MHRT 2020-21 Grantees

Dailianys Barrios

Dailianys Barrios is a sophomore at the University of Miami. She was born in Cuba and migrated to the United States when she was thirteen years old, since then she has lived in Miami.  She is currently a double major in Biology and Spanish as well as a minor in Chemistry and Public Health. Her primary research experience has been the diagnosis and treatment of prostate cancer with the use of Cryotherapy and MRI/US Fusion-guided ultrasounds, in an effort to develop feasible and safe ways to cure cancer.  She has also been part of the HHMI Labs at the University of Miami and the PRISM Program. Other of her strong passion has been improving the health conditions of those who need it most through community service. In that effort, she was part of MedX last December, a mission trip to the rural areas of Dominican Republic where she was able to help in local hospitals and in the community.

This summer she will be part of the MHRT program in Colombia, to conduct research with Universidad de Los Andes. Her program will focus on measuring as well as enhancing the local capacity for the prevention of cardiovascular disease in Colombia.

In the future, she would like to attend Medical School and obtain a master's in public health to continue her goal to improving the healthcare system of this country and the world.

Dulce Gomez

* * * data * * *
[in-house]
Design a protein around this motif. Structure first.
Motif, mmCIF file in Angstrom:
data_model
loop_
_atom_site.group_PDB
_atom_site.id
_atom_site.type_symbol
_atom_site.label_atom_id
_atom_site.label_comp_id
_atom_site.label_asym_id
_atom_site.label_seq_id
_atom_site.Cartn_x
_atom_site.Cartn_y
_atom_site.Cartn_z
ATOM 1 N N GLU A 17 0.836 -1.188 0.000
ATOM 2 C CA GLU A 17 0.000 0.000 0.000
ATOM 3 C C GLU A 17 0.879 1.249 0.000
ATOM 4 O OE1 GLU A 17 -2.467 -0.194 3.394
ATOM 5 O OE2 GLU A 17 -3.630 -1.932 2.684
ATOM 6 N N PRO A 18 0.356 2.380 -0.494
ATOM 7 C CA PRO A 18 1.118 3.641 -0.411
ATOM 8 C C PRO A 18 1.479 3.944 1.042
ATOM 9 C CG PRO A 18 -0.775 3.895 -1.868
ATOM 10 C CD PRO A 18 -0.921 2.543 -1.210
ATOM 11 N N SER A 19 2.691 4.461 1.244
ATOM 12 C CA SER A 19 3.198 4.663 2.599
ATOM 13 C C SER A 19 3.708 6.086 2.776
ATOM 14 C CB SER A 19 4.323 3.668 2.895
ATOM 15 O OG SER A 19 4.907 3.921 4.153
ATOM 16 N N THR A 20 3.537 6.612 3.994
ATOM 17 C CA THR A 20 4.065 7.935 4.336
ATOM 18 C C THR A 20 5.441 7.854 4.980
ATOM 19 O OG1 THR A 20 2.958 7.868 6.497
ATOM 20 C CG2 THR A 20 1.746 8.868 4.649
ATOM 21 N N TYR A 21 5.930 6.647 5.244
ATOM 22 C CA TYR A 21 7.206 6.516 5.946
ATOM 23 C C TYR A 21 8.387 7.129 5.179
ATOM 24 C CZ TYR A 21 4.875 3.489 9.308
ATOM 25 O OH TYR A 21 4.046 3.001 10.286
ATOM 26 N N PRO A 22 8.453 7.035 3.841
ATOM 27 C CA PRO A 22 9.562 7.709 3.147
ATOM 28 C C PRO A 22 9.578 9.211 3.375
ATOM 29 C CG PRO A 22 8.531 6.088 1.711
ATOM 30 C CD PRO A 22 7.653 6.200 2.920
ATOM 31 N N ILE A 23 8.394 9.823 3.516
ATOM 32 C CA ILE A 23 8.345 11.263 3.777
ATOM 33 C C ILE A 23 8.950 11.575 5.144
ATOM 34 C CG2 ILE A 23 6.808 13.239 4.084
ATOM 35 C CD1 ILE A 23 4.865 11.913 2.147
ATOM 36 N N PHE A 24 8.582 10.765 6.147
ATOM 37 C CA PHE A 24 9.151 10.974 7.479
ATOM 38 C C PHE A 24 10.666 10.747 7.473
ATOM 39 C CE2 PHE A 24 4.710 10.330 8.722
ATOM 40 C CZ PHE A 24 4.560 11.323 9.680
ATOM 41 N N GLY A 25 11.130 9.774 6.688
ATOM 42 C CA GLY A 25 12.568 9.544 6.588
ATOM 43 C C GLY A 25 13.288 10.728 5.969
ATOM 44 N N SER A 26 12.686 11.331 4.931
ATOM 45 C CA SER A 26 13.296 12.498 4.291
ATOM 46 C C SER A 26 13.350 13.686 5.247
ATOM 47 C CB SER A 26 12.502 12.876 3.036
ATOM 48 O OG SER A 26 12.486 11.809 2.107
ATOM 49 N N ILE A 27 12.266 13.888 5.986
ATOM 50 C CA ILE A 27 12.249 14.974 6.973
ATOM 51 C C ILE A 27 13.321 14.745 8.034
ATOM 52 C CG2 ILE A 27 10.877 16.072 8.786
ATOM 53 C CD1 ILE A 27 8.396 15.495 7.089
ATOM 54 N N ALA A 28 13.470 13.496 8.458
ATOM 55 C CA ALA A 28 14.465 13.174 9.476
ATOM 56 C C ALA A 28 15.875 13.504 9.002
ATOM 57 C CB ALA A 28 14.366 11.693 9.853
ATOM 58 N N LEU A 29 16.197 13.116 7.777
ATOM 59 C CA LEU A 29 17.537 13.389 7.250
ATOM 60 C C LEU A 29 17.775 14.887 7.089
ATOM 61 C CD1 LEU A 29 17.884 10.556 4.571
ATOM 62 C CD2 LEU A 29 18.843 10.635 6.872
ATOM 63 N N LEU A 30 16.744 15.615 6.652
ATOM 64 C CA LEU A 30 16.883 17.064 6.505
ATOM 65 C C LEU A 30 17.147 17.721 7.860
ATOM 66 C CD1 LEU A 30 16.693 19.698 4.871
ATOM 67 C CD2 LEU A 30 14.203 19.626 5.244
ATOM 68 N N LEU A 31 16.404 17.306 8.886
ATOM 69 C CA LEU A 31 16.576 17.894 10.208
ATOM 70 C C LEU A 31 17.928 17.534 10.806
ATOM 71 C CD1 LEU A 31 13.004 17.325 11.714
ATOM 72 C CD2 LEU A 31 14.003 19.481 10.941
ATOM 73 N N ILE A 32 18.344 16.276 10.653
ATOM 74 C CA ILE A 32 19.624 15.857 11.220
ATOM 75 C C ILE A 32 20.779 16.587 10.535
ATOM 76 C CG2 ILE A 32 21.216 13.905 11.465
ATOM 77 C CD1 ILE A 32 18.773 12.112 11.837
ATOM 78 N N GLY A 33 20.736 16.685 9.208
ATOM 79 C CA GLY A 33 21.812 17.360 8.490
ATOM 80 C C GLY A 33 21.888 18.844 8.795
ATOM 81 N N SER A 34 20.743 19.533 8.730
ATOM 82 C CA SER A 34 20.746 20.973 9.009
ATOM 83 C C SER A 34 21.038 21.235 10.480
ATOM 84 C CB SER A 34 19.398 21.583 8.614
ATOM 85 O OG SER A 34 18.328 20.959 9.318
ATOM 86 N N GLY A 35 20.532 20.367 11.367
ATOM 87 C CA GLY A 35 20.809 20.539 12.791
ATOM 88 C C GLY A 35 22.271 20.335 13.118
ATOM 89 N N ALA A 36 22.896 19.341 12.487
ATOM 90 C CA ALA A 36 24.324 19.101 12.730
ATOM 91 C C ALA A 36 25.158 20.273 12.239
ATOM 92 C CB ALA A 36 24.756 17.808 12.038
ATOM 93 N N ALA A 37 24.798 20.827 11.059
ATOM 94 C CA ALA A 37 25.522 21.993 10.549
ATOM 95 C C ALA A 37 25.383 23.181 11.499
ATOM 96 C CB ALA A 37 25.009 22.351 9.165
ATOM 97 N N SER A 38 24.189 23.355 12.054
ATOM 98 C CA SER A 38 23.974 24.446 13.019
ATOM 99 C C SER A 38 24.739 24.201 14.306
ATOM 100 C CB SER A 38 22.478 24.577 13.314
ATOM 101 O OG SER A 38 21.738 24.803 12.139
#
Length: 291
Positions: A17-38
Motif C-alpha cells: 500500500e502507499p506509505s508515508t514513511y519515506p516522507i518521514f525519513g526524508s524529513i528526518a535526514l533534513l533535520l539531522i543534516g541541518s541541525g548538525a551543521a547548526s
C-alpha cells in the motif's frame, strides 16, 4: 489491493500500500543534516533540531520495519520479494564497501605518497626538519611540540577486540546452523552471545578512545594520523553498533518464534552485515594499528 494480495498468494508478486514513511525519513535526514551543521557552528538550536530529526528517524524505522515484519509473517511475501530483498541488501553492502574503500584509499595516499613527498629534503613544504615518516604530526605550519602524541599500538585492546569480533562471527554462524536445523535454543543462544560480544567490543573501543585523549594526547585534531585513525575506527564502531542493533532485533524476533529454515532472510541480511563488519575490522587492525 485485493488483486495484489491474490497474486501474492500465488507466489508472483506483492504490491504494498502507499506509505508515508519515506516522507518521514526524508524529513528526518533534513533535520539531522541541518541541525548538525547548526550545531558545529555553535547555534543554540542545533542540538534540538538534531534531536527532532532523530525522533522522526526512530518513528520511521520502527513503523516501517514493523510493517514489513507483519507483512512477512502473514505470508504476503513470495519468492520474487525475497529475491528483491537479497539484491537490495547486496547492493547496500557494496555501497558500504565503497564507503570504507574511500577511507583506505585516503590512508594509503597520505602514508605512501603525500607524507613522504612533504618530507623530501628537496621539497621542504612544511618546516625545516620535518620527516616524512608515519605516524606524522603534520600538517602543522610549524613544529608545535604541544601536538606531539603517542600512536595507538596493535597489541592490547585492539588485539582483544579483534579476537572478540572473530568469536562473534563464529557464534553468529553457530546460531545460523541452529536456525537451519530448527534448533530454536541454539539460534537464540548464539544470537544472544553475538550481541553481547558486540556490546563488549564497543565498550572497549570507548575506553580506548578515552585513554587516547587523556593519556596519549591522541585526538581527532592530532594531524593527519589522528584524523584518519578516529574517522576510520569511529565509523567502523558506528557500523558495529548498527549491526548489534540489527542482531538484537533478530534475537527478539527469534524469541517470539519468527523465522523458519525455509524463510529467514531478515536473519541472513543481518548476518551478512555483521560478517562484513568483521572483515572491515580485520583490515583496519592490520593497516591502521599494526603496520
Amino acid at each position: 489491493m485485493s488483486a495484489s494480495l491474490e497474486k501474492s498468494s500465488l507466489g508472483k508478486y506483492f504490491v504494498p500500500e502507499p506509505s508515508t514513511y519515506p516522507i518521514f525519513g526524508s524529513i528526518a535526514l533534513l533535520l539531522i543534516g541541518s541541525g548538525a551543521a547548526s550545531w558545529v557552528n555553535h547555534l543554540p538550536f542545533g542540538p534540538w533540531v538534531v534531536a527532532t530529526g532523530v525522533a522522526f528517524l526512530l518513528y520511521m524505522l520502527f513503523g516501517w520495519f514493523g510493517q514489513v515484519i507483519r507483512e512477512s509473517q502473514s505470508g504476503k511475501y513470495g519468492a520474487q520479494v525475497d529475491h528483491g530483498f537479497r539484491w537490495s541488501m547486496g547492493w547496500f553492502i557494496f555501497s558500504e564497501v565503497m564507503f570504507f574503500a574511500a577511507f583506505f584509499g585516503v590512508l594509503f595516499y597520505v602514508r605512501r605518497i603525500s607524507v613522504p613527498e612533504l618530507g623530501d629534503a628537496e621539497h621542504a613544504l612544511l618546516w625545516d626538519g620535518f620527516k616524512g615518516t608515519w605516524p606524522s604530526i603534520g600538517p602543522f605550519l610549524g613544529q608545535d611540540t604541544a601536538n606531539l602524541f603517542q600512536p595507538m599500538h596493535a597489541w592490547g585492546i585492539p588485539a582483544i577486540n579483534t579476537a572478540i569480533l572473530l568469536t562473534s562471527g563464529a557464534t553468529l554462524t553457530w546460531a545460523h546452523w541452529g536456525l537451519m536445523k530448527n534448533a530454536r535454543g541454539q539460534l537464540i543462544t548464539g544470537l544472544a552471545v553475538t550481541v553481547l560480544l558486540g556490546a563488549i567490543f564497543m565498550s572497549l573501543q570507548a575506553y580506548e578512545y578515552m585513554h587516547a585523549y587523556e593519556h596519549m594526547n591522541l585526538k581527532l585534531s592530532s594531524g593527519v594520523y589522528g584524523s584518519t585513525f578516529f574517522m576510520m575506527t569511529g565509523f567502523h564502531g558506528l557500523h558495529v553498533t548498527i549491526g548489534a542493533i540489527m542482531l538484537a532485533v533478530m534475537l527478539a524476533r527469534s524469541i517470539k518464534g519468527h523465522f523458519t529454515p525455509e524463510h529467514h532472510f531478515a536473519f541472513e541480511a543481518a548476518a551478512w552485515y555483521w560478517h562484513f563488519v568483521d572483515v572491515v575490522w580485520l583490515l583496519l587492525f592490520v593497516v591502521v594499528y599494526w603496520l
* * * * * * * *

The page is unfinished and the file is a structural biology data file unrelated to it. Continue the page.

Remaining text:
Dulce Gomez is a third-year doctoral candidate in the School of Kinesiology at Auburn University. Ms. Gomez works under Dr. Michael D. Brown in the Hypertension and Vascular Health Lab, where their research interests revolve around racial disparities, human endothelial function/dysfunction, clinical hypertension, endothelial cell research, and the effects of exercise training on human hypertension. Ms. Gomez was awarded a Pre-Doctoral Research Training Program Fellowship (TL1TR003106) and a Professional Development Grant (Western Society for Physical Education of College Women) to conduct pilot research using an in vitro model for endothelial cells to understand, at the cellular level, the racial differences observed in endothelial function and its contribution to atherosclerosis, hypertension, and cardiovascular disease progression.

Ms. Gomez’s career goal is to be a molecular physiologist who can perform clinical and translational research in cardiovascular health, particularly determining mechanisms regulating endothelial function, and investigating racial and sex differences in cardiovascular regulation. Specifically, she is interested in using molecular biology as the foundation to understand dysfunction within blood vessels and the consequent diseases that can develop, and using integrative (e.g., inclusive of lifestyle and pharmaceuticals) interventions as a potential treatment strategy. Ms. Gomez has accepted a T32 Postdoctoral Research Fellow position with Brigham and Women’s Hospital and Harvard Medical School to pursue after she completes her PhD Program in spring of 2022.

Jennifer Francisco

Jennifer D. Francisco is a first-year Doctor in Dental Medicine student at the University of Puerto Rico Medical Sciences Campus after having completed her bachelor's degree in Chemistry at the University of Puerto Rico, Mayagüez Campus. She founded an organization named "Proyecto Muelitas", which looks to promote oral Health education, prevention and hygiene practices based on scientific evidence, to children and adults of all communities, particularly to underserved communities.